December 1st marks the seventy-third anniversary of the discovery of the Somerton Man, also known as the Tamam Shud Case. This infamous cold case has inspired decades of research and speculation and ranks as one of history’s greatest unsolved mysteries. Now, after more than seven decades, are we finally on the cusp of discovering the truth? 

This case is a rabbit hole, there’s no way around it. That said, it’s also a very well documented one, so I’m going to keep my description of the events and evidence to broad strokes with an eye toward the current investigation and discoveries.  

At just after 6am on December 1, 1948, the body of a man was found laying on the beach at Somerton Park, about seven miles south-west of Adelaide, Australia. He was laying with his head resting against the sea wall and his legs stretched out and crossed as if he were sleeping. Witnesses report seeing the man as early as 7pm the night before, with at least one claiming that they saw him moving. In his pockets they found a pack of cigarettes that contained 7 cigarettes of a different brand, a pack of juicy fruit gum, half a box of matches, a comb, and an unused rail ticket from Adelaide to Henley Beach. He carried no wallet, nor any form of identification.  

He wore a white shirt, tie, brown knitted pullover, brown pants, and brown socks and shoes. His jacket was a fashionable double-breasted design, black and grey, and of “American” tailoring style. Most notably, the labels had all been cut from his clothing. The pathologist on scene described him as a “Britisher” in appearance, clean-shaven, 5-foot-11, with fair to ginger hair that greyed at the temples. He estimated his age at 40-45, citing that he was in “top physical condition.” 

An autopsy was performed, suggesting that the man had likely died around 2am on December 1. No cause of death could conclusively be diagnosed, though the evidence strongly suggested poisoning. Further, if poisoning was the cause, the agent itself was undetected. A second pathologist, during the inquest suggested digitalis (foxglove) or ouabain, a traditional east African arrow poison, as being the most likely poisons employed. Both would be undetectable in the autopsy.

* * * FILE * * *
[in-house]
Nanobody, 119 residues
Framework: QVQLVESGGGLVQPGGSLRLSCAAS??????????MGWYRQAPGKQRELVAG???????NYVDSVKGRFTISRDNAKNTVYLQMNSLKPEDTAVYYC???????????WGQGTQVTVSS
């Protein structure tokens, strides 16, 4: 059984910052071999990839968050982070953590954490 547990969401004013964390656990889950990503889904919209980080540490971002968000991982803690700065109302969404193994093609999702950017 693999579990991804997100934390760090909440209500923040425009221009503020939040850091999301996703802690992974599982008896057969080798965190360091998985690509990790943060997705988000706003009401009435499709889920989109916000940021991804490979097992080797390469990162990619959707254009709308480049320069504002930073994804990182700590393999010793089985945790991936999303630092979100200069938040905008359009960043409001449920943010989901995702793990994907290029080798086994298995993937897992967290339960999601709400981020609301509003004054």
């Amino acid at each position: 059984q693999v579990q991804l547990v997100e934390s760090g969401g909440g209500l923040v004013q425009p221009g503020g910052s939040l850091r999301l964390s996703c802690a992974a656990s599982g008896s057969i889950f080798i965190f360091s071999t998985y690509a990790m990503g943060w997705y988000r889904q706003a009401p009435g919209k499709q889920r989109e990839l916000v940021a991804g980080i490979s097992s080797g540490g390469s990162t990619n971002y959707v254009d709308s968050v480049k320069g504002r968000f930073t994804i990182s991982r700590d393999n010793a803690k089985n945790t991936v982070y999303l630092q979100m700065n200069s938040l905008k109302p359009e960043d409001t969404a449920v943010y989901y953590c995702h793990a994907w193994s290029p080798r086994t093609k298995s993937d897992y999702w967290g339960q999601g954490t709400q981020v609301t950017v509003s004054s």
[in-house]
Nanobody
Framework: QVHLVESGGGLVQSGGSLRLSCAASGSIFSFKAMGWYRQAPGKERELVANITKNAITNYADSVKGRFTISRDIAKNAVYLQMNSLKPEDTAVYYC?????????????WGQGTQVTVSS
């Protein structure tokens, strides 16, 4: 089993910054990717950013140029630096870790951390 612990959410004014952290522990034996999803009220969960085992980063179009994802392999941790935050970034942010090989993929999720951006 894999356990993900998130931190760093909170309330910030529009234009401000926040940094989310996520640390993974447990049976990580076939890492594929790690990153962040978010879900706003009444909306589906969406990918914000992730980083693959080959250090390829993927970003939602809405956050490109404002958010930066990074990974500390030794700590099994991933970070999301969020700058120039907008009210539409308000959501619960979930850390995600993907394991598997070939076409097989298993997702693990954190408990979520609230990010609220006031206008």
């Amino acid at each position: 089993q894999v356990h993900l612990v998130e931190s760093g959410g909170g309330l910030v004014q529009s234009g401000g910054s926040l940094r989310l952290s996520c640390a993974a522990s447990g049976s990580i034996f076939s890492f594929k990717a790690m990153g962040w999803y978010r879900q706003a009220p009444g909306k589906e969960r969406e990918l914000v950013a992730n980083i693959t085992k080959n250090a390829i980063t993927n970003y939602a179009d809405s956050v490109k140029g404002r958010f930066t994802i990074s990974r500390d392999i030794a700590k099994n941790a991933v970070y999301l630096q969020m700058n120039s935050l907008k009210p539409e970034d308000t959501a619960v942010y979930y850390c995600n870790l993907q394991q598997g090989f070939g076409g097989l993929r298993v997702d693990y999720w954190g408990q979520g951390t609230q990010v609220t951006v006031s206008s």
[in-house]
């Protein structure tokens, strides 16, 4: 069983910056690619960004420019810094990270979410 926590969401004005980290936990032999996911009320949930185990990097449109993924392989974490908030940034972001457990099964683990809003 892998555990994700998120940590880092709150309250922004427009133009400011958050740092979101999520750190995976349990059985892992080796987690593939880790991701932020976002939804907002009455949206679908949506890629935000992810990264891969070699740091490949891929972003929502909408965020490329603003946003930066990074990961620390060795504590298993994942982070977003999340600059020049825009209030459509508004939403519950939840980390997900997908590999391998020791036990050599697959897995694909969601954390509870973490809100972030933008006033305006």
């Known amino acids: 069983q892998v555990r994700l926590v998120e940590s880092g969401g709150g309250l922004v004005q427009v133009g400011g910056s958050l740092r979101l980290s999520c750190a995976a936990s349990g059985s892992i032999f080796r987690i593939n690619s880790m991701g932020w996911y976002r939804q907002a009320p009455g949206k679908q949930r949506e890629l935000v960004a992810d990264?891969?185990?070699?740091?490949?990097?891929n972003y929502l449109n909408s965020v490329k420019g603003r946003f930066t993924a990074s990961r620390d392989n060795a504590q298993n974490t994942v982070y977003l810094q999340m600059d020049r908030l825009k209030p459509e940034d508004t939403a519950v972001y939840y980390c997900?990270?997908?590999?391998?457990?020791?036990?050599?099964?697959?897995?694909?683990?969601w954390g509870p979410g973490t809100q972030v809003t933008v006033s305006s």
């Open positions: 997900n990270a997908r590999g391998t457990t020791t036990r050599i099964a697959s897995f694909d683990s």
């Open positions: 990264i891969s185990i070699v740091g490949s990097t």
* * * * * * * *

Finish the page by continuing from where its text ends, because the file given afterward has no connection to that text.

The first break in the case came on January 14, when staff at the Adelaide train station discovered a suitcase without a tag that had been checked in on November 30, believed to belong to the John Doe. The case contained more clothing, mostly with the labels removed, though 3 tags were present with the name T. Keane written on them. Additionally, there was an electrician’s screwdriver, a table knife sharpened into a shiv, a stenciling brush, and a sharpened pair of scissors. A spool of thread, unavailable in Australia was also found, further suggesting he was a foreigner. These items were scrutinized at nauseum, though ultimately provided no further clues. The name T. Kean was eventually dismissed as the man’s identity, as there proved to be no one missing with that name. 

It is worth noting the significance of the missing clothing tags as it has often been discussed and cited in various theories. In short, the suggestion is that if someone were trying to conceal the identity of a body, cutting off the labels of their clothing would obscure the manufacturer and where they might have been acquired. It’s a common trope in spy novels. At the time, war rationing was still in effect and clothing was not as easy to come by, thus secondhand clothing was common. It was also a common practice to write one’s name on their clothing to make it readily identifiable for laundry services. So, it would not be surprising at all to find clothes with tags removed to remove the name of the former owner. This certainly doesn’t eliminate the possibility of some intentional subterfuge, though it’s just not as strange as we might think from a modern perspective.